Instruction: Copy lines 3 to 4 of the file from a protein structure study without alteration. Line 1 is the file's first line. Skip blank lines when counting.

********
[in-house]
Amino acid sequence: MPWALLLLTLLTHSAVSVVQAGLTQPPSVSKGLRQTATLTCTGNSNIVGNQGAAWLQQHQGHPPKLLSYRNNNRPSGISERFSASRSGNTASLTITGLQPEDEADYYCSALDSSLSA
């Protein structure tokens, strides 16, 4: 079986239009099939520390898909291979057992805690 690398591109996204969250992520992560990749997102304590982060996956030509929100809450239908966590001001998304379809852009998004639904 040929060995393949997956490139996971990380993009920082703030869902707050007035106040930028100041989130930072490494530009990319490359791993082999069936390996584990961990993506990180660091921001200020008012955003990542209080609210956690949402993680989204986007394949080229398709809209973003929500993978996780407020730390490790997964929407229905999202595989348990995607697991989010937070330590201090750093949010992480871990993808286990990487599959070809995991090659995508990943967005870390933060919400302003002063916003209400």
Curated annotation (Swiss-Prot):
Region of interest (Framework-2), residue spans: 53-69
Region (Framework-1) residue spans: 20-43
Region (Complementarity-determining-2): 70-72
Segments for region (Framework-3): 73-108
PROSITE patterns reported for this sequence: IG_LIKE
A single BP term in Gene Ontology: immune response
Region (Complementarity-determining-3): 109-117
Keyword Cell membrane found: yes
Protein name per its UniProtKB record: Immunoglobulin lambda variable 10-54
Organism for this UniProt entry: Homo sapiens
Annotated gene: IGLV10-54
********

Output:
């Protein structure tokens, strides 16, 4: 079986239009099939520390898909291979057992805690 690398591109996204969250992520992560990749997102304590982060996956030509929100809450239908966590001001998304379809852009998004639904 040929060995393949997956490139996971990380993009920082703030869902707050007035106040930028100041989130930072490494530009990319490359791993082999069936390996584990961990993506990180660091921001200020008012955003990542209080609210956690949402993680989204986007394949080229398709809209973003929500993978996780407020730390490790997964929407229905999202595989348990995607697991989010937070330590201090750093949010992480871990993808286990990487599959070809995991090659995508990943967005870390933060919400302003002063916003209400």
Curated annotation (Swiss-Prot):